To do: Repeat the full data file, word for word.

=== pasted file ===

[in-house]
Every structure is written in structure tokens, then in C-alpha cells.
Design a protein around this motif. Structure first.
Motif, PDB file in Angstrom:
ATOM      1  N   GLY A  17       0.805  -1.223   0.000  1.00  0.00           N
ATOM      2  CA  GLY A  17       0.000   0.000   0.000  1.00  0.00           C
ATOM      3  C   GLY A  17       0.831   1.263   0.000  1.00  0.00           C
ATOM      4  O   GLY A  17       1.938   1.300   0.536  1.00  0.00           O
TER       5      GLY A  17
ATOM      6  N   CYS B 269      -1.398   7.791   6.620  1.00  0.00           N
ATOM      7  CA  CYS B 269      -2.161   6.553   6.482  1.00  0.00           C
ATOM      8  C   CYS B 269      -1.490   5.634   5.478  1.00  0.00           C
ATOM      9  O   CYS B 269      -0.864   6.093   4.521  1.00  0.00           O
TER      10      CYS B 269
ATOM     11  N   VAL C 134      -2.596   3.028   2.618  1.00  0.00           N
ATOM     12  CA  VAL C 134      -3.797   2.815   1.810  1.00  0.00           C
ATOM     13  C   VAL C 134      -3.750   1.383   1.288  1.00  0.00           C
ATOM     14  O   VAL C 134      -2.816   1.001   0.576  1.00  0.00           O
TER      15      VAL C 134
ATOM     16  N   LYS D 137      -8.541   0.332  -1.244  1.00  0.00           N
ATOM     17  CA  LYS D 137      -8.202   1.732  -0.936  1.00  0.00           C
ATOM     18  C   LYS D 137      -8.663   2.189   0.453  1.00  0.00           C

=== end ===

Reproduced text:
[in-house]
Every structure is written in structure tokens, then in C-alpha cells.
Design a protein around this motif. Structure first.
Motif, PDB file in Angstrom:
ATOM      1  N   GLY A  17       0.805  -1.223   0.000  1.00  0.00           N
ATOM      2  CA  GLY A  17       0.000   0.000   0.000  1.00  0.00           C
ATOM      3  C   GLY A  17       0.831   1.263   0.000  1.00  0.00           C
ATOM      4  O   GLY A  17       1.938   1.300   0.536  1.00  0.00           O
TER       5      GLY A  17
ATOM      6  N   CYS B 269      -1.398   7.791   6.620  1.00  0.00           N
ATOM      7  CA  CYS B 269      -2.161   6.553   6.482  1.00  0.00           C
ATOM      8  C   CYS B 269      -1.490   5.634   5.478  1.00  0.00           C
ATOM      9  O   CYS B 269      -0.864   6.093   4.521  1.00  0.00           O
TER      10      CYS B 269
ATOM     11  N   VAL C 134      -2.596   3.028   2.618  1.00  0.00           N
ATOM     12  CA  VAL C 134      -3.797   2.815   1.810  1.00  0.00           C
ATOM     13  C   VAL C 134      -3.750   1.383   1.288  1.00  0.00           C
ATOM     14  O   VAL C 134      -2.816   1.001   0.576  1.00  0.00           O
TER      15      VAL C 134
ATOM     16  N   LYS D 137      -8.541   0.332  -1.244  1.00  0.00           N
ATOM     17  CA  LYS D 137      -8.202   1.732  -0.936  1.00  0.00           C
ATOM     18  C   LYS D 137      -8.663   2.189   0.453  1.00  0.00           C